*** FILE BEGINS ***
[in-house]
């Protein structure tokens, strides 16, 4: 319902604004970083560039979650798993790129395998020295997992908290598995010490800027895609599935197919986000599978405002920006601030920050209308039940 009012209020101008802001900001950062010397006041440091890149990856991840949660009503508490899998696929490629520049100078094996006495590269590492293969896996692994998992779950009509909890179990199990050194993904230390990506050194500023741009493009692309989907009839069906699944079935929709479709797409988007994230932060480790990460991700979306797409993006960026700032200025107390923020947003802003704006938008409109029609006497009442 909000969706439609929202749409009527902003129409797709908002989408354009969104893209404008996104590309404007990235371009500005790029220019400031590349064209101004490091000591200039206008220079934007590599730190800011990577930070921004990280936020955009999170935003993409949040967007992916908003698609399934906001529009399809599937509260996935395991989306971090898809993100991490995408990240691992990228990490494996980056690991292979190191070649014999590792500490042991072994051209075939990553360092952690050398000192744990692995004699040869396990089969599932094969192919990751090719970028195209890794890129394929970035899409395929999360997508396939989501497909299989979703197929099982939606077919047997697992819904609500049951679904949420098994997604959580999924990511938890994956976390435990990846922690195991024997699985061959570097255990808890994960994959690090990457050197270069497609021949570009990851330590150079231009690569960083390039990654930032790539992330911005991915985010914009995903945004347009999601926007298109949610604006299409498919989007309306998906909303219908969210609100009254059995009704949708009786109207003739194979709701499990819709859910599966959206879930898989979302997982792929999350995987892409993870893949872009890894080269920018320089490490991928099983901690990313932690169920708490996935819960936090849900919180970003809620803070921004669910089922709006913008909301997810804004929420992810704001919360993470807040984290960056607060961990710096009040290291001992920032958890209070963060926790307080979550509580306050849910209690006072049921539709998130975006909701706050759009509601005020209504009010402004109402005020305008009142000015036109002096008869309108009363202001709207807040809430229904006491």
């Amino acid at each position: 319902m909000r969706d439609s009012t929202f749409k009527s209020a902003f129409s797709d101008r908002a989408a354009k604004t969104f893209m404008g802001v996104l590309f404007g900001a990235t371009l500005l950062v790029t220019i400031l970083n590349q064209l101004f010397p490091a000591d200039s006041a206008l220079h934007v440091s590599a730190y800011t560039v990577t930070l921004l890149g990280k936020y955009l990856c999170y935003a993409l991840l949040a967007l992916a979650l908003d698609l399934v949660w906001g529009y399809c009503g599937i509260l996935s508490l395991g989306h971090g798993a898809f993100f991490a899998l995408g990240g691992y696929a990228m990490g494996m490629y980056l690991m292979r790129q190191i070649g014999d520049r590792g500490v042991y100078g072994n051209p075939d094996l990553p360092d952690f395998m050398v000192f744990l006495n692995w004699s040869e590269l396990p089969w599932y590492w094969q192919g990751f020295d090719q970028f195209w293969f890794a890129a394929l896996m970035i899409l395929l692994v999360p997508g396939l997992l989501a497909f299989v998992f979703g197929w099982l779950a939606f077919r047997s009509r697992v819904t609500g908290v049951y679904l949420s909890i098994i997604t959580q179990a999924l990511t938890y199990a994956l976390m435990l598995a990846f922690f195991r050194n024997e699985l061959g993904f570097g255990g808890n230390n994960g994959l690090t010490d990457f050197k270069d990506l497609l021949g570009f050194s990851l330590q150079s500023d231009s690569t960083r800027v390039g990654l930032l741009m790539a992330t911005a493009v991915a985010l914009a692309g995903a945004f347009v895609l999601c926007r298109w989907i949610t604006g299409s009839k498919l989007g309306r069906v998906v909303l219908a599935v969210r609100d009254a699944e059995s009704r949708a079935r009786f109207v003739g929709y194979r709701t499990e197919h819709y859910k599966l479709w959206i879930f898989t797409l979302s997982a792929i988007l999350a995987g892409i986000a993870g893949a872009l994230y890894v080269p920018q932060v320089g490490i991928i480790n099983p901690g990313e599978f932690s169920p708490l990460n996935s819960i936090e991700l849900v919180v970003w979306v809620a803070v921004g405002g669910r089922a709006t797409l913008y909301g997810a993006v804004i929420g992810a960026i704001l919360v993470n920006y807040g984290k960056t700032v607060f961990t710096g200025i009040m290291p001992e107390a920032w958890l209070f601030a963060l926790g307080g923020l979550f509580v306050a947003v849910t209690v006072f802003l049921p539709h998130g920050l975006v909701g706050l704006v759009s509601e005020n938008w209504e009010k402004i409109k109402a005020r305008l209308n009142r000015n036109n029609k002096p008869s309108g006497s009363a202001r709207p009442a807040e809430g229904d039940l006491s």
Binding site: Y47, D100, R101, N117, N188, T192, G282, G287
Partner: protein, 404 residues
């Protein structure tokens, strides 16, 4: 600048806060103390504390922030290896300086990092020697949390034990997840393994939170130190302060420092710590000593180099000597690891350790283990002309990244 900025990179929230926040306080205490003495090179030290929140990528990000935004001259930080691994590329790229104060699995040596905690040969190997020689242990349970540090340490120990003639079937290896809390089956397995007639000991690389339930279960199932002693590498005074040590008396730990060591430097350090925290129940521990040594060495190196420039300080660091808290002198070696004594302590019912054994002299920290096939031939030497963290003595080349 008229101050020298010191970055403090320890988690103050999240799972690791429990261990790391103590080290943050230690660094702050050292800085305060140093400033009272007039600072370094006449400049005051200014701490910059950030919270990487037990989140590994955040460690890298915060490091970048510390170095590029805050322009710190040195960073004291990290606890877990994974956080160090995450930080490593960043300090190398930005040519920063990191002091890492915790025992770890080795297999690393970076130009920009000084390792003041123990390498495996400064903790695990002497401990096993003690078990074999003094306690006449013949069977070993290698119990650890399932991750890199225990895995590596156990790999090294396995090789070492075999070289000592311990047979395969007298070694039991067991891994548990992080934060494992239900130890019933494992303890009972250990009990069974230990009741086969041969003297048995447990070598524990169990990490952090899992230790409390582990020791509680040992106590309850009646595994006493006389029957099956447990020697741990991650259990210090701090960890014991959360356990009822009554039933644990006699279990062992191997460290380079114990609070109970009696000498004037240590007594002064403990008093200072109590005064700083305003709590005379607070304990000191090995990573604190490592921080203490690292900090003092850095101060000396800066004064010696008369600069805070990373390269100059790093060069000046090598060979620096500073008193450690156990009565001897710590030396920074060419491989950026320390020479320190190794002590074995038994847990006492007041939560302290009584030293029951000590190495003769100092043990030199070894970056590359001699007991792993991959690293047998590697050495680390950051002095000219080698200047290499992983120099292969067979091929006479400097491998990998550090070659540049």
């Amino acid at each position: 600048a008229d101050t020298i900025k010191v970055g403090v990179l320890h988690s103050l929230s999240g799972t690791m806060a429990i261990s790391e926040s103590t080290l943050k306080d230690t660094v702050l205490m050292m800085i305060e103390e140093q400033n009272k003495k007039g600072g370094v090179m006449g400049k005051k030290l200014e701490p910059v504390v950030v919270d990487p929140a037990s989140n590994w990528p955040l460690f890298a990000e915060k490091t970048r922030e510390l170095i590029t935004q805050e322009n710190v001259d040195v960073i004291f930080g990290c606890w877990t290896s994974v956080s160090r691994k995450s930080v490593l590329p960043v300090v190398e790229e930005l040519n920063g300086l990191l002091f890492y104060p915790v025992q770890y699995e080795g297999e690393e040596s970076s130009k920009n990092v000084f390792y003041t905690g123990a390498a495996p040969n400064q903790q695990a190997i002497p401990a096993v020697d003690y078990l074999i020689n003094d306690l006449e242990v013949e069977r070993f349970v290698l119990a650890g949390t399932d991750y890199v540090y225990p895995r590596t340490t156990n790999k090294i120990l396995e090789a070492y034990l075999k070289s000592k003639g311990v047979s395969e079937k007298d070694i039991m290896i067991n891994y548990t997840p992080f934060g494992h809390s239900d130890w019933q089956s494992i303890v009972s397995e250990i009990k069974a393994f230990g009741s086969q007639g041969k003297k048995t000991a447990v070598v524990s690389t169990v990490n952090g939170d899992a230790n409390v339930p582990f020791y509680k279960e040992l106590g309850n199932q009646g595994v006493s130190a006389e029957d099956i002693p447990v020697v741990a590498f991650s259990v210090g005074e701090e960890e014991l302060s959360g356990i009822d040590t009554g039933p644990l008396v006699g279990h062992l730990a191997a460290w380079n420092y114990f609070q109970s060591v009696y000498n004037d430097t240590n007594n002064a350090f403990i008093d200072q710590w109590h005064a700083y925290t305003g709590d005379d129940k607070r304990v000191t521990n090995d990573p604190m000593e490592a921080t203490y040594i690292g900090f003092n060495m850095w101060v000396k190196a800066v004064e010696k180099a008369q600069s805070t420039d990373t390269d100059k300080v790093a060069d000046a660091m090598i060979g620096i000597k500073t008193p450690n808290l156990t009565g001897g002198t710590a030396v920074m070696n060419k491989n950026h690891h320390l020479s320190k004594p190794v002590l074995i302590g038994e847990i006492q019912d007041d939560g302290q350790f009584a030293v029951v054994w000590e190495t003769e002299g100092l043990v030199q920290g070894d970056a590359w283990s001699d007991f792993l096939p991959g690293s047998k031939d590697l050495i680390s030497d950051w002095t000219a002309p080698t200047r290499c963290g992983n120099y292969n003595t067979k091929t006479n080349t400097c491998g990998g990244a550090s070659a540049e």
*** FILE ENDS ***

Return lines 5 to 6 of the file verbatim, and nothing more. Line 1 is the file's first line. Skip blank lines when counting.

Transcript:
Partner: protein, 404 residues
């Protein structure tokens, strides 16, 4: 600048806060103390504390922030290896300086990092020697949390034990997840393994939170130190302060420092710590000593180099000597690891350790283990002309990244 900025990179929230926040306080205490003495090179030290929140990528990000935004001259930080691994590329790229104060699995040596905690040969190997020689242990349970540090340490120990003639079937290896809390089956397995007639000991690389339930279960199932002693590498005074040590008396730990060591430097350090925290129940521990040594060495190196420039300080660091808290002198070696004594302590019912054994002299920290096939031939030497963290003595080349 008229101050020298010191970055403090320890988690103050999240799972690791429990261990790391103590080290943050230690660094702050050292800085305060140093400033009272007039600072370094006449400049005051200014701490910059950030919270990487037990989140590994955040460690890298915060490091970048510390170095590029805050322009710190040195960073004291990290606890877990994974956080160090995450930080490593960043300090190398930005040519920063990191002091890492915790025992770890080795297999690393970076130009920009000084390792003041123990390498495996400064903790695990002497401990096993003690078990074999003094306690006449013949069977070993290698119990650890399932991750890199225990895995590596156990790999090294396995090789070492075999070289000592311990047979395969007298070694039991067991891994548990992080934060494992239900130890019933494992303890009972250990009990069974230990009741086969041969003297048995447990070598524990169990990490952090899992230790409390582990020791509680040992106590309850009646595994006493006389029957099956447990020697741990991650259990210090701090960890014991959360356990009822009554039933644990006699279990062992191997460290380079114990609070109970009696000498004037240590007594002064403990008093200072109590005064700083305003709590005379607070304990000191090995990573604190490592921080203490690292900090003092850095101060000396800066004064010696008369600069805070990373390269100059790093060069000046090598060979620096500073008193450690156990009565001897710590030396920074060419491989950026320390020479320190190794002590074995038994847990006492007041939560302290009584030293029951000590190495003769100092043990030199070894970056590359001699007991792993991959690293047998590697050495680390950051002095000219080698200047290499992983120099292969067979091929006479400097491998990998550090070659540049």